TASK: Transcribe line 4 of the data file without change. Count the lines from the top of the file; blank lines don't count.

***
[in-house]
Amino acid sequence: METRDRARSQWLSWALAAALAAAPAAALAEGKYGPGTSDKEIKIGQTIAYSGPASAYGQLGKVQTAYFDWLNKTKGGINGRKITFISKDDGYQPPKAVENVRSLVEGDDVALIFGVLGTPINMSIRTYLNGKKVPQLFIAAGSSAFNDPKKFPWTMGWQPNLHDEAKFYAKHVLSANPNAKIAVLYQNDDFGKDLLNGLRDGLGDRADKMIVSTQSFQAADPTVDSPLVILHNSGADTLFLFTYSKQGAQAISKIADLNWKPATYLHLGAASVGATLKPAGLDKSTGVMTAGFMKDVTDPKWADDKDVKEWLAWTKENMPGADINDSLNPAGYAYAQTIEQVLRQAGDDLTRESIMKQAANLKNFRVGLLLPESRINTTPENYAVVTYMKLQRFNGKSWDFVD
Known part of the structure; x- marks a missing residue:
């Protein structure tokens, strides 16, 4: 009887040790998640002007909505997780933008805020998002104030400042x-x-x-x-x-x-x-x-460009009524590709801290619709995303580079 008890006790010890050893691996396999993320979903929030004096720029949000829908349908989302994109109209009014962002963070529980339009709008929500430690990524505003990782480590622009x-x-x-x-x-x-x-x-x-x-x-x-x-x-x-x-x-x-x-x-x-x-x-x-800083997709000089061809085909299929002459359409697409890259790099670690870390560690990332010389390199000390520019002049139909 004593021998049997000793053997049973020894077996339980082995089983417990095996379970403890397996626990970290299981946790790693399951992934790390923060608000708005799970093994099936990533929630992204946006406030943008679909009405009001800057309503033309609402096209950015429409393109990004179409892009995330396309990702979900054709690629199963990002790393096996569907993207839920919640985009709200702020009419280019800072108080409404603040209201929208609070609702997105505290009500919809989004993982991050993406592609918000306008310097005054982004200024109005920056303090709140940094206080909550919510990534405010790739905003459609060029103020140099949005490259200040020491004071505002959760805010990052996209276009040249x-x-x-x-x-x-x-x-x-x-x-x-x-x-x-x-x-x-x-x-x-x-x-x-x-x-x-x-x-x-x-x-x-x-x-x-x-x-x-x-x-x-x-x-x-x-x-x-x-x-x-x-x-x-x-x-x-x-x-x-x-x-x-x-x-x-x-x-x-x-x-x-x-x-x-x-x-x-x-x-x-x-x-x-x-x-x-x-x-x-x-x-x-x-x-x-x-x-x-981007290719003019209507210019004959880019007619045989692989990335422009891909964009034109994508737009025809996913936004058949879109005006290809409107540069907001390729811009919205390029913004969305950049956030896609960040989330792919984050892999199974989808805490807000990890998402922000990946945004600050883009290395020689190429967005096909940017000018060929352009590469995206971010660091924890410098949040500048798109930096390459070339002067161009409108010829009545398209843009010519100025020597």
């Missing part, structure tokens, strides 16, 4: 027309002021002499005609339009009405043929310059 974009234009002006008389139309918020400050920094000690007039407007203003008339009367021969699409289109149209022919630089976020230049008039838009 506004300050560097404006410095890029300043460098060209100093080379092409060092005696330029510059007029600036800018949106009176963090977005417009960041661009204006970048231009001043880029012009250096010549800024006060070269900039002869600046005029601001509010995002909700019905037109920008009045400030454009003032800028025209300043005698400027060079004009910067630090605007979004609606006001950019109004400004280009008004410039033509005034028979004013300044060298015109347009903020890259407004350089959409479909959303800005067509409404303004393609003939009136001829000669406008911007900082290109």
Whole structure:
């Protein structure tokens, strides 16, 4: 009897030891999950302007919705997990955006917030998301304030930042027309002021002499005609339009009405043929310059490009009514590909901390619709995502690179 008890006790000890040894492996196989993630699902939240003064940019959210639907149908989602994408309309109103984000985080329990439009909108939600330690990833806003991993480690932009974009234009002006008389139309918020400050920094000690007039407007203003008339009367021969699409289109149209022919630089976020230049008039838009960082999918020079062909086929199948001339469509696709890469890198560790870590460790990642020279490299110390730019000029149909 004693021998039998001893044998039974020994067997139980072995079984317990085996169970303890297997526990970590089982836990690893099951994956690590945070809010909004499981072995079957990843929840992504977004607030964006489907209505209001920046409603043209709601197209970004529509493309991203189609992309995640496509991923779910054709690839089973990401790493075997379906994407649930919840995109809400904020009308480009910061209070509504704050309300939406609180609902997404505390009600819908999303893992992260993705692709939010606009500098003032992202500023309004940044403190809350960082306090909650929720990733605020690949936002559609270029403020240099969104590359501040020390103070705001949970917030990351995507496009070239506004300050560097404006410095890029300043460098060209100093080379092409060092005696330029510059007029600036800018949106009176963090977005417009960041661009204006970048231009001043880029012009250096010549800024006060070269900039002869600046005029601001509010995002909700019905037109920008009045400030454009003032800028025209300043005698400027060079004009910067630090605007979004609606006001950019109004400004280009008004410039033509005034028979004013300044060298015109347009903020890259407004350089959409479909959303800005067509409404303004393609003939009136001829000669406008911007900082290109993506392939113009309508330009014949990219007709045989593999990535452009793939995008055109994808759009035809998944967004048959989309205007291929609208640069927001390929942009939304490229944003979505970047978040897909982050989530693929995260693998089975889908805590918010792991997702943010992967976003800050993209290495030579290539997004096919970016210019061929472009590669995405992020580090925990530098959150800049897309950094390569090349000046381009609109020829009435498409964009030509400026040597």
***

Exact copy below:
């Protein structure tokens, strides 16, 4: 009887040790998640002007909505997780933008805020998002104030400042x-x-x-x-x-x-x-x-460009009524590709801290619709995303580079 008890006790010890050893691996396999993320979903929030004096720029949000829908349908989302994109109209009014962002963070529980339009709008929500430690990524505003990782480590622009x-x-x-x-x-x-x-x-x-x-x-x-x-x-x-x-x-x-x-x-x-x-x-x-800083997709000089061809085909299929002459359409697409890259790099670690870390560690990332010389390199000390520019002049139909 004593021998049997000793053997049973020894077996339980082995089983417990095996379970403890397996626990970290299981946790790693399951992934790390923060608000708005799970093994099936990533929630992204946006406030943008679909009405009001800057309503033309609402096209950015429409393109990004179409892009995330396309990702979900054709690629199963990002790393096996569907993207839920919640985009709200702020009419280019800072108080409404603040209201929208609070609702997105505290009500919809989004993982991050993406592609918000306008310097005054982004200024109005920056303090709140940094206080909550919510990534405010790739905003459609060029103020140099949005490259200040020491004071505002959760805010990052996209276009040249x-x-x-x-x-x-x-x-x-x-x-x-x-x-x-x-x-x-x-x-x-x-x-x-x-x-x-x-x-x-x-x-x-x-x-x-x-x-x-x-x-x-x-x-x-x-x-x-x-x-x-x-x-x-x-x-x-x-x-x-x-x-x-x-x-x-x-x-x-x-x-x-x-x-x-x-x-x-x-x-x-x-x-x-x-x-x-x-x-x-x-x-x-x-x-x-x-x-x-981007290719003019209507210019004959880019007619045989692989990335422009891909964009034109994508737009025809996913936004058949879109005006290809409107540069907001390729811009919205390029913004969305950049956030896609960040989330792919984050892999199974989808805490807000990890998402922000990946945004600050883009290395020689190429967005096909940017000018060929352009590469995206971010660091924890410098949040500048798109930096390459070339002067161009409108010829009545398209843009010519100025020597």